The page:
Perseverance: The Pringles Story

Perseverance: The Pringles Story

Pringles on whitePerseverance in the face of defeat is a required character trait in sports and politics. You have to lose a few games and races on the road to the Super Bowl or to Washington. But is persistence useful in business? Or does success in business only come by backing winners only as long as they’re winners? Consider the story of Pringles snack chips.

Procter & Gamble first test marketed Pringles in September 1968 in Evansville, Indiana, and began shipping it to grocery stores across the United States in 1971. It was an instant success. By 1975, it had become a household name, had a 15 percent market share, and more than 10 million cases a year were being sold.

A year later, however, sales dropped 20 percent—enough to send any brand manager into panic mode. The following year, sales dropped another 10 percent. That’s probably when speculation began that the brand would be put up for sale. P&G wasn’t used to such steep sales declines. Certainly not two years in a row.

Another year went by, and another 10 percent of sales vanished. Can you imagine how hard it must have been to recruit employees to accept an assignment on Pringles with sales plummeting and rumors of a sale looming? By 1979, the brand was in free fall. Sales dropped over 30 percent, and were now down to 4 million cases a year—a 60 percent decline in four years! That’s when a line was drawn in the sand. P&G executives declared they would either fix the brand, or sell it, in five years.

Over the next 18 months, management put several major changes in place. It commissioned new research to develop a ground-up understanding of the consumer. Product improvements gave Pringles a better taste and more variety. New advertising touted the unique benefits of the saddle-shaped chips. A price reduction made Pringles more competitive with traditional potato chips. And a major cost savings project helped the brand afford the price reductions and product improvements.

Sales continued to decline, but at a much slower rate. In 1980, sales were down about half a million cases, to 3.4 million. And in 1981, they bottomed out at 3 million. The next year, sales started to grow—slowly at first, and then faster. By 1984, Pringles sales were 5 million cases. In 1986, it was up to 7 million. By 1989, sales were back to their 1975 peak of 10 million cases. And by the end of the 1990s, sales of Pringles were over 50 million cases.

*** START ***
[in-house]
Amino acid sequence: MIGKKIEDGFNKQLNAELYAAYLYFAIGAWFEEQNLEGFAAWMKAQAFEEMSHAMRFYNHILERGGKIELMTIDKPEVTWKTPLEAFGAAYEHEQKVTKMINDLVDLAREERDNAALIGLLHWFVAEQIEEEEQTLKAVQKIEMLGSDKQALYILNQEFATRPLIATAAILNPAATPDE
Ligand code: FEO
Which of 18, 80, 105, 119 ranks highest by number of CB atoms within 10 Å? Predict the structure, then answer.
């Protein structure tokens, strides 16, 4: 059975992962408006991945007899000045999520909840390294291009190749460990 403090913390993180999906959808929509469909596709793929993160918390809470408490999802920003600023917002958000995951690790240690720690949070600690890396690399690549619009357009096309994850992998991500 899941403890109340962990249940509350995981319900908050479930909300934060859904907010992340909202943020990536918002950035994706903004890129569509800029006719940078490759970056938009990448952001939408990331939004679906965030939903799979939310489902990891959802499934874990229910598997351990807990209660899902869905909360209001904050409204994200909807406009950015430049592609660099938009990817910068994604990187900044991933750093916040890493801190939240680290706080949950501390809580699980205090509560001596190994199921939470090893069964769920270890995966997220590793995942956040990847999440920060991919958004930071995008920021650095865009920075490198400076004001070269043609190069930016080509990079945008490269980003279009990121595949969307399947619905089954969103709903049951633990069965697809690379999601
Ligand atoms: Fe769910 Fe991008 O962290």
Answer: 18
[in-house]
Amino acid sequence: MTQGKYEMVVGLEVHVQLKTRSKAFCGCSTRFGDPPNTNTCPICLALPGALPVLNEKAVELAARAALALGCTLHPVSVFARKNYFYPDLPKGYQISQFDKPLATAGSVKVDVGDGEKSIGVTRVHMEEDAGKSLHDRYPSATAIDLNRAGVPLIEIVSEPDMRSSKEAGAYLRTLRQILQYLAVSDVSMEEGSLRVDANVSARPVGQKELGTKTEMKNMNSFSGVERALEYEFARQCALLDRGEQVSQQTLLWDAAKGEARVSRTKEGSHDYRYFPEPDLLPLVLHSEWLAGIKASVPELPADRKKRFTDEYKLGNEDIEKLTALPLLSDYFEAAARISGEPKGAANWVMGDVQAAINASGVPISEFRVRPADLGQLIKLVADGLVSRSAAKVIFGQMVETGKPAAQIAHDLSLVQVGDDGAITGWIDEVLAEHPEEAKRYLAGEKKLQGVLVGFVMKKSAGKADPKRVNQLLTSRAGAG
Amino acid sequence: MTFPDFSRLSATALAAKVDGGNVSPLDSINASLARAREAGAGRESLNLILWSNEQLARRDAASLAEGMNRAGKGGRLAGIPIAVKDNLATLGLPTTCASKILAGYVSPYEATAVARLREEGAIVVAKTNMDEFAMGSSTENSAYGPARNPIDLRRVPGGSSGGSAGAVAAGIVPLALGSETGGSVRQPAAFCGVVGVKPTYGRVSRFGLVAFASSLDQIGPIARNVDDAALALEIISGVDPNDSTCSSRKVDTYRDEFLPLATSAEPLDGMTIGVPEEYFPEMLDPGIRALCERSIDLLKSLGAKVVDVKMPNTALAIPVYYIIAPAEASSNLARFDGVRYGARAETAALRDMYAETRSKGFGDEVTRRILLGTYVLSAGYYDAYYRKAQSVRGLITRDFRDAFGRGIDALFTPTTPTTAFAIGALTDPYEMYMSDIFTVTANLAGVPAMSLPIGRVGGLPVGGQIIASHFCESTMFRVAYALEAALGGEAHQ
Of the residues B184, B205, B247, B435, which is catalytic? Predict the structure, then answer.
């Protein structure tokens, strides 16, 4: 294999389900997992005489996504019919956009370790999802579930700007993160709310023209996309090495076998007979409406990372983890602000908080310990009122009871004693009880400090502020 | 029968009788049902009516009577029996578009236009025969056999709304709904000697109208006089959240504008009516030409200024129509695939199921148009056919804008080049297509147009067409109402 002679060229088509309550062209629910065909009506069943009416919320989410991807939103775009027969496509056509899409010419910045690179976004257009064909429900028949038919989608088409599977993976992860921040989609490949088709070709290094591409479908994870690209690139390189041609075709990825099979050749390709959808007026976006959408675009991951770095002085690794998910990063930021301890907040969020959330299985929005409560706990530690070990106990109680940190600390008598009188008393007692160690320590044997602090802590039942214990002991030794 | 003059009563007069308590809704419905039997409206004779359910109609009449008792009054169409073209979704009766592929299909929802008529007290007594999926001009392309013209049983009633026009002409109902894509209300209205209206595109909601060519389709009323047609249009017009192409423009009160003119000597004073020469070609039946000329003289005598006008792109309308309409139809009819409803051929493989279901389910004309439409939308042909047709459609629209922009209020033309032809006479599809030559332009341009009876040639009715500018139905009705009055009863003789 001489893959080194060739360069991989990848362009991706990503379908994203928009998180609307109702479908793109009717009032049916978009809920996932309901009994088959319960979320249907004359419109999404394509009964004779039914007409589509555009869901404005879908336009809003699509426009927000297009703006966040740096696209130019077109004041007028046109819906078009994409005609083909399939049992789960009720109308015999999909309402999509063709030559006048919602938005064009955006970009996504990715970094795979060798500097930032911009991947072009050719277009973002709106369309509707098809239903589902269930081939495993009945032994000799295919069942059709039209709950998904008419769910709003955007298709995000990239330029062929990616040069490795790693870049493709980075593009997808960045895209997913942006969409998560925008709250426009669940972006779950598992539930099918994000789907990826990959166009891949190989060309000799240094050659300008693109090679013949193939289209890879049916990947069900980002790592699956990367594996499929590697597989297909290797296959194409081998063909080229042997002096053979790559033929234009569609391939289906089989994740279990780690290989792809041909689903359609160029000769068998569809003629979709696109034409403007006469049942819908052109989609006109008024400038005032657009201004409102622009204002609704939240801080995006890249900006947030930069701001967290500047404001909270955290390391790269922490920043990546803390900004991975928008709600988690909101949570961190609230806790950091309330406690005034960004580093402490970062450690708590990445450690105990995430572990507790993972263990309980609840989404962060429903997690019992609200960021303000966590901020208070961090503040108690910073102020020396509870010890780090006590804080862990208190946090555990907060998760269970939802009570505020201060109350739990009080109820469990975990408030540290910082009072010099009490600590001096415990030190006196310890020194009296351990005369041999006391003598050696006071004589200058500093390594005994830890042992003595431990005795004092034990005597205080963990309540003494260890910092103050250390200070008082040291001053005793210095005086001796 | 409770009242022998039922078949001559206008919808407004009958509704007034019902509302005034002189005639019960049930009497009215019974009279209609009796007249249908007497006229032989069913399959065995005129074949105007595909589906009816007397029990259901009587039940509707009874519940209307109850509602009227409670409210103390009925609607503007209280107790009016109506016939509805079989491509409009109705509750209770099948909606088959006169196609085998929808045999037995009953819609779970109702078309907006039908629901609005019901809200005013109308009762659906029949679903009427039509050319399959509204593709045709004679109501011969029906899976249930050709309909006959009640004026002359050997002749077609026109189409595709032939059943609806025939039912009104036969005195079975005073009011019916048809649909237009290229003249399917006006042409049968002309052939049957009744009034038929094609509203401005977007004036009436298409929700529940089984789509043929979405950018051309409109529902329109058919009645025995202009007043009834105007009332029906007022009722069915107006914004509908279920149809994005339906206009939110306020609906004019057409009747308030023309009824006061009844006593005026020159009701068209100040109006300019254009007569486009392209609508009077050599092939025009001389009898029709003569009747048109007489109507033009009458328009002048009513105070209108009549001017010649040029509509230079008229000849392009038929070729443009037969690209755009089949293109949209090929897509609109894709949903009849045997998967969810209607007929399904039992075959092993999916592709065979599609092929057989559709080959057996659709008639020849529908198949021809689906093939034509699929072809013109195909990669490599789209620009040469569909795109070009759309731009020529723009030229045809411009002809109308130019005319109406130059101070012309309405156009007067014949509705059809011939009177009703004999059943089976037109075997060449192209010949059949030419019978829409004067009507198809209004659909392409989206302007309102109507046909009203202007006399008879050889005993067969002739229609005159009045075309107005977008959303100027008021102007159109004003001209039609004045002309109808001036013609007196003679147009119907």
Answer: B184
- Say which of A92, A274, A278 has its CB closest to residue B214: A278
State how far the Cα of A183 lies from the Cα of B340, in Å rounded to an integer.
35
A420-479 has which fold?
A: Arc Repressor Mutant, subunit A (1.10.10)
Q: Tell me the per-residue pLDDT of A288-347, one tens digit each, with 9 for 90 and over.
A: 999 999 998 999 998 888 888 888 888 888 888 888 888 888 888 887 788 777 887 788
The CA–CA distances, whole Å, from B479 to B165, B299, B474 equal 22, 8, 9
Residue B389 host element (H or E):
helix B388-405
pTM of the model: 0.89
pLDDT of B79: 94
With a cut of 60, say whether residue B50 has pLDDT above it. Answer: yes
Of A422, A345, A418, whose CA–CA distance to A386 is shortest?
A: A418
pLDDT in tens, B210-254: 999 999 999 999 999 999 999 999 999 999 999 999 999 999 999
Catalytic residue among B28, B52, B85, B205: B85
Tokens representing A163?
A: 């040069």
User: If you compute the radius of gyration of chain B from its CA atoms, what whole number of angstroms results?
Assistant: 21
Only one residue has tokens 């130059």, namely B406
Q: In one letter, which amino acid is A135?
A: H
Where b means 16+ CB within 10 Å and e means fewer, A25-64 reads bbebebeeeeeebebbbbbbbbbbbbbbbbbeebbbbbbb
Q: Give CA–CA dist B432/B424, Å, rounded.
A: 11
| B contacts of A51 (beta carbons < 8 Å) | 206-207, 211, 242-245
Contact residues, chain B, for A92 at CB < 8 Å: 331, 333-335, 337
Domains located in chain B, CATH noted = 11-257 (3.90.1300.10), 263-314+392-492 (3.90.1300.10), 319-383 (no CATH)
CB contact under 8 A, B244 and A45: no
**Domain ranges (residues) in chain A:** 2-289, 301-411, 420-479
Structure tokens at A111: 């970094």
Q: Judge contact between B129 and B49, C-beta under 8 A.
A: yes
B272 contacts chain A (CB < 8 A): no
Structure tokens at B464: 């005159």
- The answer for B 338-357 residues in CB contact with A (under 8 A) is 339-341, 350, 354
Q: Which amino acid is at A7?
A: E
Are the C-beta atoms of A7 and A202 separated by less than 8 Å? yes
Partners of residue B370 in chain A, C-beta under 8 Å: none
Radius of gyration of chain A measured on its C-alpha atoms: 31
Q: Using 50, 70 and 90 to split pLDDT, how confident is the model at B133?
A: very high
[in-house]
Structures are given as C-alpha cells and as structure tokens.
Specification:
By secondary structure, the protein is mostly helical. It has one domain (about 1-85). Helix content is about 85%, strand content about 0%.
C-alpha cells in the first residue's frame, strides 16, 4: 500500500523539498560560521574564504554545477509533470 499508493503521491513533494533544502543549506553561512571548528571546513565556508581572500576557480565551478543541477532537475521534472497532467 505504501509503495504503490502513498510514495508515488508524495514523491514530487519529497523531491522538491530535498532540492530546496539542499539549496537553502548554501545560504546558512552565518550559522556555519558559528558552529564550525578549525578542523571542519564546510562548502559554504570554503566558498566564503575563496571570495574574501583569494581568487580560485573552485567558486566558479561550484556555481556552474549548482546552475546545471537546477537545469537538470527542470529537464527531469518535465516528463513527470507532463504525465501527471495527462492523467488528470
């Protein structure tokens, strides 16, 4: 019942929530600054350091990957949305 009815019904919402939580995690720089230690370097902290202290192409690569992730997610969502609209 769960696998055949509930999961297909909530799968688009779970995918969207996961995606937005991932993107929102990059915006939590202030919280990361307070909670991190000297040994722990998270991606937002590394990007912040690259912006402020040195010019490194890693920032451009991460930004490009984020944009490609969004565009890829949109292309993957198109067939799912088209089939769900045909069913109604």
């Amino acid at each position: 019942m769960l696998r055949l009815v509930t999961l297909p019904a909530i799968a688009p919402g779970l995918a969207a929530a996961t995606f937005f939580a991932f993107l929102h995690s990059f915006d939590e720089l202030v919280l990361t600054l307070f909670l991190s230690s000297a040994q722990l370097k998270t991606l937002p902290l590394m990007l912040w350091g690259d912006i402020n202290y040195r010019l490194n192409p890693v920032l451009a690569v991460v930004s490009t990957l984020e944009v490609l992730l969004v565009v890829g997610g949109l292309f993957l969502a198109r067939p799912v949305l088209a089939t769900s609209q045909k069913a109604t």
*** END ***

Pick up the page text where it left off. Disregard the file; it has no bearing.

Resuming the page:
The lesson

In December of 1984, just after the turnaround started, the head of P&G Sales, Mike Milligan, gave a speech to a group of employees, shareholders, and members of the press. In it, he shared five key lessons the company learned from the experience. In hindsight, the first three shouldn’t be too surprising: (1) know what your consumer wants, (2) develop a product and marketing messages to meet those expectations, and (3) organize a strong team to deliver results.

The fourth lesson was a little more interesting: Set realistic goals. Notice they adopted a five-year plan, not a one-year plan. They realized the magnitude of the changes they needed to make were too ambitious to accomplish in a matter of months. Despite that, they succeeded two years ahead of schedule.

The final lesson Mike explained, however, is the most telling of all, and the key point I want to make. He summarized it in two simple words: “Don’t stop.” Don’t give up too soon. Imagine how easy it would have been for management to give up on the Pringles brand. And how many times had they probably considered it in the late 1970s?

Instead, they persevered. They pushed on through six years of nerve-wracking sales declines and fixed the business. Compare this to most of today’s quarterly-profit-obsessed CEOs who flinch at the earliest signs of trouble and kowtow to Wall Street with promises of a quick exit.

As a result of that perseverance, Pringles became a star in the P&G stable of iconic brands, and was eventually sold to Kellogg in 2012 for $2.7 Billion.

Thomas Edison summarized the wisdom of perseverance in a single sentence when he observed, “Many of life’s failures are people who didn’t realize how close they were to success when they gave up.” Don’t be one of them.

Don’t be one of them.

[You can find this and over 100 other inspiring leadership stories in my book, Lead with a Story.]

PAS square profile Paul Smith is one of the world’s leading experts on business storytelling. He’s a keynote speaker, storytelling coach, and bestselling author of the books Lead with a Story and Parenting with a Story.

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